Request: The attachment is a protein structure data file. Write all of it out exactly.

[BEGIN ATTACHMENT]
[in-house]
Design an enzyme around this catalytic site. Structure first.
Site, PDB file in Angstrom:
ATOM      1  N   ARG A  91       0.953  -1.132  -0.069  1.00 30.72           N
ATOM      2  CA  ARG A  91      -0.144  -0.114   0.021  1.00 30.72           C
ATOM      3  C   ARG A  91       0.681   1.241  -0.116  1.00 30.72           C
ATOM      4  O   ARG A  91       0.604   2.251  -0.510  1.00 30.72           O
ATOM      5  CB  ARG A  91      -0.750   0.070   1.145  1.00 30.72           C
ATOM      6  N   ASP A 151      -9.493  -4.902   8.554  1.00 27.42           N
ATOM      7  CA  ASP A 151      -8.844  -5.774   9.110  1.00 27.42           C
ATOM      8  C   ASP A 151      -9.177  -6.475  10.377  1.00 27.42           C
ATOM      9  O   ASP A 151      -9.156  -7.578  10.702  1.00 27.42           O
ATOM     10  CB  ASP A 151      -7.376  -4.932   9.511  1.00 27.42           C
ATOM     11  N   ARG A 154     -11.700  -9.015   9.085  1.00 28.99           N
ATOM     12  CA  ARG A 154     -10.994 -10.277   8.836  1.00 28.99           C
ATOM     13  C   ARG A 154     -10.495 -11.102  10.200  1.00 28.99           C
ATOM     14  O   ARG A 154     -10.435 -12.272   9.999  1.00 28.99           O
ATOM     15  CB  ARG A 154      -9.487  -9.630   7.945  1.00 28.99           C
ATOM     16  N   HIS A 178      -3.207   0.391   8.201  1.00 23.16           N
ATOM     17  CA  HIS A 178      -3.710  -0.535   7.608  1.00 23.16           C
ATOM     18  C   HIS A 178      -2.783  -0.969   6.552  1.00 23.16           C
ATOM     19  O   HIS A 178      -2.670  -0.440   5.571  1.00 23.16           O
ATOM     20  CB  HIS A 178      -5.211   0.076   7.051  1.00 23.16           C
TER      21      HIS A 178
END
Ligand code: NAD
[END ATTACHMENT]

[in-house]
Design an enzyme around this catalytic site. Structure first.
Site, PDB file in Angstrom:
ATOM      1  N   ARG A  91       0.953  -1.132  -0.069  1.00 30.72           N
ATOM      2  CA  ARG A  91      -0.144  -0.114   0.021  1.00 30.72           C
ATOM      3  C   ARG A  91       0.681   1.241  -0.116  1.00 30.72           C
ATOM      4  O   ARG A  91       0.604   2.251  -0.510  1.00 30.72           O
ATOM      5  CB  ARG A  91      -0.750   0.070   1.145  1.00 30.72           C
ATOM      6  N   ASP A 151      -9.493  -4.902   8.554  1.00 27.42           N
ATOM      7  CA  ASP A 151      -8.844  -5.774   9.110  1.00 27.42           C
ATOM      8  C   ASP A 151      -9.177  -6.475  10.377  1.00 27.42           C
ATOM      9  O   ASP A 151      -9.156  -7.578  10.702  1.00 27.42           O
ATOM     10  CB  ASP A 151      -7.376  -4.932   9.511  1.00 27.42           C
ATOM     11  N   ARG A 154     -11.700  -9.015   9.085  1.00 28.99           N
ATOM     12  CA  ARG A 154     -10.994 -10.277   8.836  1.00 28.99           C
ATOM     13  C   ARG A 154     -10.495 -11.102  10.200  1.00 28.99           C
ATOM     14  O   ARG A 154     -10.435 -12.272   9.999  1.00 28.99           O
ATOM     15  CB  ARG A 154      -9.487  -9.630   7.945  1.00 28.99           C
ATOM     16  N   HIS A 178      -3.207   0.391   8.201  1.00 23.16           N
ATOM     17  CA  HIS A 178      -3.710  -0.535   7.608  1.00 23.16           C
ATOM     18  C   HIS A 178      -2.783  -0.969   6.552  1.00 23.16           C
ATOM     19  O   HIS A 178      -2.670  -0.440   5.571  1.00 23.16           O
ATOM     20  CB  HIS A 178      -5.211   0.076   7.051  1.00 23.16           C
TER      21      HIS A 178
END
Ligand code: NAD